New nutritional challenges emerge for HIV care providers

09/22/05

Nutritional therapy for HIV-infected patients is shifting focus. Drug treatments designed to combat the HIV virus have improved, decreasing some nutritional problems, while bringing others to light. As researchers from the Nutrition/Infection Unit in the Department of Public Health and Family Medicine at Tufts University School of Medicine describe in an editorial review and other research reports, new nutritional challenges in HIV/AIDS care have emerged.

The changes, according to Alice Tang, MS, PhD, assistant professor at Tufts University School of Medicine, and her colleagues, have resulted from the introduction of an advanced class of drugs called highly active antiretroviral therapy (HAART) over a decade ago.

In the past, the nutritional component of HIV/AIDS care was directed toward two major goals: supplying the vital nutrients that were often lost through poorly-functioning digestive tracts and minimizing weight loss. "The newer medications keep patients healthier overall, so we are not dealing with quite as much severe weight loss," says Tang. "Now we are able to concentrate more on determining the vitamin and mineral ('micronutrient') requirements of these patients and investigating potential therapeutic uses of supplements."

This is particularly important in the age of HAART, according to Tang, who has researched the role of antioxidants, like vitamin E, in HIV extensively. As it turns out, HAART medications, while controlling disease progression for many patients, may also increase oxidative stress. "Oxidative stress" refers to the state of imbalance that exists when chemically unstable by-products of metabolism exceed the body's capacity to quench them, either with its own natural antioxidants or with those obtained from the diet. The potential result of this imbalance is damage to cells and tissues. "Research efforts must focus on determining if this is, indeed, true. If so, what is the mechanism? Will dietary or supplemental antioxidants help?" asks Tang.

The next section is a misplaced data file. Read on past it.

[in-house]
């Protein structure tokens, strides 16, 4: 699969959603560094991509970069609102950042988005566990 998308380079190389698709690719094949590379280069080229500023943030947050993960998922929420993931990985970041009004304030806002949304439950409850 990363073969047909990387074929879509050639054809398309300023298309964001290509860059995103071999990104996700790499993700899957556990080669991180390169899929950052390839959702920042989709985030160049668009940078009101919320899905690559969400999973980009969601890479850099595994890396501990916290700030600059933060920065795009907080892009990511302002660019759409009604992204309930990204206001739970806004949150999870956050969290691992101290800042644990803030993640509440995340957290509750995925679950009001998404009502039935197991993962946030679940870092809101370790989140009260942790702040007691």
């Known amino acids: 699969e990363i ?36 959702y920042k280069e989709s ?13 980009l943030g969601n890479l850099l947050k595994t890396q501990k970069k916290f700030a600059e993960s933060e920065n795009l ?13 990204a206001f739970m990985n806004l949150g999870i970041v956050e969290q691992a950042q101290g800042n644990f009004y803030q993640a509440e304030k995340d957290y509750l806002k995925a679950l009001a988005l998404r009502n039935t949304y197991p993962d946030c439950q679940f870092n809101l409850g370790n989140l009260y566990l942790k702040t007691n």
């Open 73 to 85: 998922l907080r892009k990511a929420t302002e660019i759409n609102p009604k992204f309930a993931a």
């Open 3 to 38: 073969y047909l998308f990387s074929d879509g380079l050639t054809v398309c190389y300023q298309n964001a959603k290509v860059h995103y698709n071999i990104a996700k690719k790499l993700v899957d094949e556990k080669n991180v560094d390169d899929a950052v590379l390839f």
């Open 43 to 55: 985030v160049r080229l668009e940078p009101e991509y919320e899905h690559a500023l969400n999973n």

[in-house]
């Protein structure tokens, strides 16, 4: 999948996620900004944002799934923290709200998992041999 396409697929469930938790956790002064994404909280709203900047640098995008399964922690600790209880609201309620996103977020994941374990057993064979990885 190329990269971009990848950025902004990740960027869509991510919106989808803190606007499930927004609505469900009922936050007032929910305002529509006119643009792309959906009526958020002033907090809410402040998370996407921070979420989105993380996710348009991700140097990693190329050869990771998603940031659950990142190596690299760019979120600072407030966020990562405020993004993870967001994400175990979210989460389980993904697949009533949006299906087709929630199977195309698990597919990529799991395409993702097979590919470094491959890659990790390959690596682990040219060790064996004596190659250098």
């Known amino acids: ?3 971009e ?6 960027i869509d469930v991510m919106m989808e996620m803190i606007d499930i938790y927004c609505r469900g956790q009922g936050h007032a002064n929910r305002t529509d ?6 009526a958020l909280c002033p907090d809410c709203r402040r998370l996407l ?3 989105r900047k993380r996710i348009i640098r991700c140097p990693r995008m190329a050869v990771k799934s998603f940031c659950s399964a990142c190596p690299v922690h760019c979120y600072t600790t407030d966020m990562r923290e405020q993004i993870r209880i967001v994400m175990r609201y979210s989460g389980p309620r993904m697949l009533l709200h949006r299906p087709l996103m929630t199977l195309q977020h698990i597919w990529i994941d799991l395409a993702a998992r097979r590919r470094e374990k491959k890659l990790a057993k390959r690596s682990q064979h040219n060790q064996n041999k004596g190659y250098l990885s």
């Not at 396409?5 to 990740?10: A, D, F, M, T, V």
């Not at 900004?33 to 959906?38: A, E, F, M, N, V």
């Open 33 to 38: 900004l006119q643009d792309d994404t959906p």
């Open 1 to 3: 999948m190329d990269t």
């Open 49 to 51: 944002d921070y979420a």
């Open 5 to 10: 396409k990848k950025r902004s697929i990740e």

Another area of active research underway at Tufts and elsewhere relates to what Tang calls, "one of the most vexing issues facing HIV-positive individuals." In fat redistribution or lipodystrophy syndrome, "body fat changes may include fat loss under the skin (on the trunk, extremities, buttocks or face) and/or fat gain (in the abdomen, back of the neck or in the breasts)" explains Denise Jacobson, PhD, MPH, assistant professor at Tufts School of Medicine. Patients with this condition may also have abnormal metabolism of fat and/or sugar. Jacobson says, "we are still learning about these changes, some of which may be related to HAART."

Over the years, the Nutrition/Infection Unit, led by Sherwood Gorbach, MD, professor of medicine, and Christine Wanke, MD, professor of medicine, has been active in nutrition and HIV research. In the current paper, which is just one of Tang's several reviews analyzing the research in the field, she summarizes the findings of studies looking at the roles of vitamins B12, A, and E in HIV transmission and disease progression. Results are mixed and inconclusive, but Tang says that these findings help to guide researchers in future endeavors. She says, "it is clear that micronutrients play a critical role in the maintenance of immune function and overall metabolism. We need to concentrate on defining the areas in which they may help to maximize the health status of HIV-infected patients."

Source: Eurekalert & others

Last reviewed: By John M. Grohol, Psy.D. on 21 Feb 2009
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